Ukraine denied that the nuclear plant had fallen into Russian hands, according to the news agency.

Dozens of people were killed in Russian rocket strikes on Kharkiv on Monday, Ukrainian interior ministry adviser Anton Herashchenko said.

U.N. human rights chief Michelle Bachelet said at least 102 civilians in Ukraine have been killed since Thursday, with a further 304 wounded, but the real figure is feared to be “considerably higher.”

More than half a million people have fled to neighboring countries, according to the United Nations refugee agency.

Fighting took place around the Ukrainian port city of Mariupol throughout the night, Pavlo Kyrylenko, head of the Donetsk regional administration, said. He did not say whether Russian forces had gained or lost ground, or provide any casualty figures.

A United States defense official said Russia had fired more than 350 missiles at Ukrainian targets since Thursday, some hitting civilian infrastructure.

Weapons supplied to Ukraine by NATO

Partners in the U.S.-led NATO (North Atlantic Treaty Organization) defense alliance were providing Ukraine with air-defense missiles and anti-tank weapons, NATO chief Jens Stoltenberg said.

The Kremlin accused the European Union of hostile behavior, saying weapons supplies to Ukraine were destabilizing and proved that Russia was right in its efforts to demilitarize its neighbor.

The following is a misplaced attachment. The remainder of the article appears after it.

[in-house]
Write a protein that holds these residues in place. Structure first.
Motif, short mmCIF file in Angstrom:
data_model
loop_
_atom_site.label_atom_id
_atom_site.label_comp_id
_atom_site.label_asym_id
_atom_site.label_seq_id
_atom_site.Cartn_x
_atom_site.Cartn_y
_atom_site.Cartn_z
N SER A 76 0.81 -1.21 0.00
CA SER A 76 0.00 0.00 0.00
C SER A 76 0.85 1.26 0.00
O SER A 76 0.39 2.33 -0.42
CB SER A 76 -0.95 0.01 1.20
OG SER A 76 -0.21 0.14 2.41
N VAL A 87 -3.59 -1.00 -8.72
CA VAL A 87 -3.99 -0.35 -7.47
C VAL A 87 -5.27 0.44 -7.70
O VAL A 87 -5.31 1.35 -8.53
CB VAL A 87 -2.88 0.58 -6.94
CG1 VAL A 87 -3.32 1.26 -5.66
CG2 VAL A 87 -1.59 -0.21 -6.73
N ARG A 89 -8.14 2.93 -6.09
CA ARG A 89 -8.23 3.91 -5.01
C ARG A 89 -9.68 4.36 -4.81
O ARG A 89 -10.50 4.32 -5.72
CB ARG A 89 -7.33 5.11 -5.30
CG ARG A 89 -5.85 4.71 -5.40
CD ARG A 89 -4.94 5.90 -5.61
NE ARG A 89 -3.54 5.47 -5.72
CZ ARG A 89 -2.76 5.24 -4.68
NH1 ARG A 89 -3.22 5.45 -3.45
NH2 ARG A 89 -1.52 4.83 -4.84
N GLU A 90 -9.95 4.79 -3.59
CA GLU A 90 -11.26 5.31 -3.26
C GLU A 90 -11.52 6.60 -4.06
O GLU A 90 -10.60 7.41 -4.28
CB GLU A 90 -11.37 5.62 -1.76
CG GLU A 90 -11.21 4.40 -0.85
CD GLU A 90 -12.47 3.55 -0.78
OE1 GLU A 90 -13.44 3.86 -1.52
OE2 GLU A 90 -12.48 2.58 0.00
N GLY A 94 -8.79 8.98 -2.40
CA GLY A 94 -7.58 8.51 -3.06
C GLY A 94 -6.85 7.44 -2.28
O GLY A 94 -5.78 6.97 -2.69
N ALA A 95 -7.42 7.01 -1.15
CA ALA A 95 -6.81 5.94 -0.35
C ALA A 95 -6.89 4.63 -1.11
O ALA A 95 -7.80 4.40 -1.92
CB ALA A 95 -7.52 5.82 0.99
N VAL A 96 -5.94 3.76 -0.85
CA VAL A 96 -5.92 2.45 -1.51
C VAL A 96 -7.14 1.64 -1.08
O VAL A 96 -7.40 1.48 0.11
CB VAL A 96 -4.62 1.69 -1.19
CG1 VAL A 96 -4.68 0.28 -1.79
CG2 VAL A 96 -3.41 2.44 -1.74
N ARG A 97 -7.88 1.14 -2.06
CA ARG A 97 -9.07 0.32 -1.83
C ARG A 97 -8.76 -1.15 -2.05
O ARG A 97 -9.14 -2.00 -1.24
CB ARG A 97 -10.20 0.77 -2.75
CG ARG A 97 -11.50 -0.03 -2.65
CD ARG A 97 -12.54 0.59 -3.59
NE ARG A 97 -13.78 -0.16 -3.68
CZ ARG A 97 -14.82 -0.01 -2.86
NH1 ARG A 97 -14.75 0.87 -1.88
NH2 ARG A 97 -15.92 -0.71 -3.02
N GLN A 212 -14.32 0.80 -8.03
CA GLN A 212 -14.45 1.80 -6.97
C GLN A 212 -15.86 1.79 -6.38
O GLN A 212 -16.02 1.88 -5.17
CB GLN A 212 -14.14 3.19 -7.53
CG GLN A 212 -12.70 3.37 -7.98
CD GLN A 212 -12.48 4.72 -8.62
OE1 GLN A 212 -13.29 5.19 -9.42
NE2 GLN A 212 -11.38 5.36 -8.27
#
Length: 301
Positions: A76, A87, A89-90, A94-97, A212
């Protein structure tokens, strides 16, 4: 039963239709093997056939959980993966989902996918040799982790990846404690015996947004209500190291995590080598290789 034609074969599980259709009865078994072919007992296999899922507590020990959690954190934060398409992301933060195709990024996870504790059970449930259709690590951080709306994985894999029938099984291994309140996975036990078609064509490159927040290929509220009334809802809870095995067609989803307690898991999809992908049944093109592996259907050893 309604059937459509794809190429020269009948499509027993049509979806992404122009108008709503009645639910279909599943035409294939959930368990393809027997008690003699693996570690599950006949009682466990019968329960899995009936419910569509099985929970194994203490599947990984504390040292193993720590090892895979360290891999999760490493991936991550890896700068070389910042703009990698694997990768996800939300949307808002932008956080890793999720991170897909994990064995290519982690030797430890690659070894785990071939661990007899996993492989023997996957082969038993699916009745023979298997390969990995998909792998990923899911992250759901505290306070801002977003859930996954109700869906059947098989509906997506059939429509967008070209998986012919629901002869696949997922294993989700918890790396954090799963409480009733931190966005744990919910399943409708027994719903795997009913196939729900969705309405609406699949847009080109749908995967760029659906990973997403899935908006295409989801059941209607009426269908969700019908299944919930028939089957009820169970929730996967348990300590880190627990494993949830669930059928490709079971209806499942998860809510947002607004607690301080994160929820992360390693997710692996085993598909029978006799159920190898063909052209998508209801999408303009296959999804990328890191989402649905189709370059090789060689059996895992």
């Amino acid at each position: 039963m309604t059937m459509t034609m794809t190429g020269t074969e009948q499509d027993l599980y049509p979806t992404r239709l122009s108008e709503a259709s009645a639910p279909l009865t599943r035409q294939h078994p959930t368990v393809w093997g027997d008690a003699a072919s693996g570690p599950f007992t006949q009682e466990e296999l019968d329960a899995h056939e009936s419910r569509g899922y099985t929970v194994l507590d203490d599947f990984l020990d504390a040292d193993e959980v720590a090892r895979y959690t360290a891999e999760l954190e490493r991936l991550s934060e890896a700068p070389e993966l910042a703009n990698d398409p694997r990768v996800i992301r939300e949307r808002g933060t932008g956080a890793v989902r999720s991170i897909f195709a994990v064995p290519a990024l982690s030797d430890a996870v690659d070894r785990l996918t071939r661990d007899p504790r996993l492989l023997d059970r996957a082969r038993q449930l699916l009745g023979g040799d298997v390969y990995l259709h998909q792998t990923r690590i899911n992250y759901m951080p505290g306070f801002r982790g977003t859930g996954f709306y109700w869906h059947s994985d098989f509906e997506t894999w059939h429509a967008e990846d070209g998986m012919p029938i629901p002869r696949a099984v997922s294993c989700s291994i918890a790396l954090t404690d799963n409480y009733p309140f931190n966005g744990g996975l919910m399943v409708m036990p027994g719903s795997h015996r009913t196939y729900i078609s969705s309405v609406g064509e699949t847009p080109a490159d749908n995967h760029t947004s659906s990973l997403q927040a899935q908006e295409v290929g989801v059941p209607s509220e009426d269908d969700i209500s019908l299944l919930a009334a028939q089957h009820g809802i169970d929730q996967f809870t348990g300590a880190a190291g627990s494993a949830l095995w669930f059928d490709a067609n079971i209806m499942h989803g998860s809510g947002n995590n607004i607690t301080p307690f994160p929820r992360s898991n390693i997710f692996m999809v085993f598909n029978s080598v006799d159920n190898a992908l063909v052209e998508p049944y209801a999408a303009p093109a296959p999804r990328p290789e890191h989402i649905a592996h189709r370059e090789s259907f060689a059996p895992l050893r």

“Throughout Russia, the vast majority of the population has friends or relatives who live in Ukraine. Naturally, everyone’s hearts are aching for what is happening to these relatives,” Kremlin spokesperson Dmitry Peskov said.

The Kremlin declined to comment on whether there was a risk of confrontation between Russia and NATO. Russia has demanded that NATO never admit Ukraine.

Over the weekend, Western nations announced sanctions including blocking some Russian banks from the SWIFT international payments system.

In an emergency move, Russia’s central bank raised its key interest rate to 20% from 9.5%. Authorities told export-focused companies to be ready to sell foreign currency. 

It also ordered brokers to block attempt by foreigners to sell Russian securities. 

Corporate giants also took action in response to the sanctions, with British oil major BP BP.L BP, the biggest foreign investor in Russia, saying it would abandon its stake in state oil company Rosneft ROSN.MM at a cost of up to $25 billion. 

Global protests 

Protests have been held around the world against the invasion, including in Russia, where almost 6,000 people have been detained at anti-war demonstrations since Thursday, the OVD-Info protest monitor said. 

The U.N. Human Rights Council agreed on Monday to Ukraine’s request to hold an urgent debate this week on the invasion after Kyiv’s ambassador told the Geneva forum that some of Moscow’s military actions “may amount to war crimes.”

Mr. Zelenskyy on Monday asked the European Union to allow Ukraine to gain membership immediately.

“Our goal is to be with all Europeans and, most importantly, to be equal. ... I am sure we deserve it,” he said in a video shared on social media.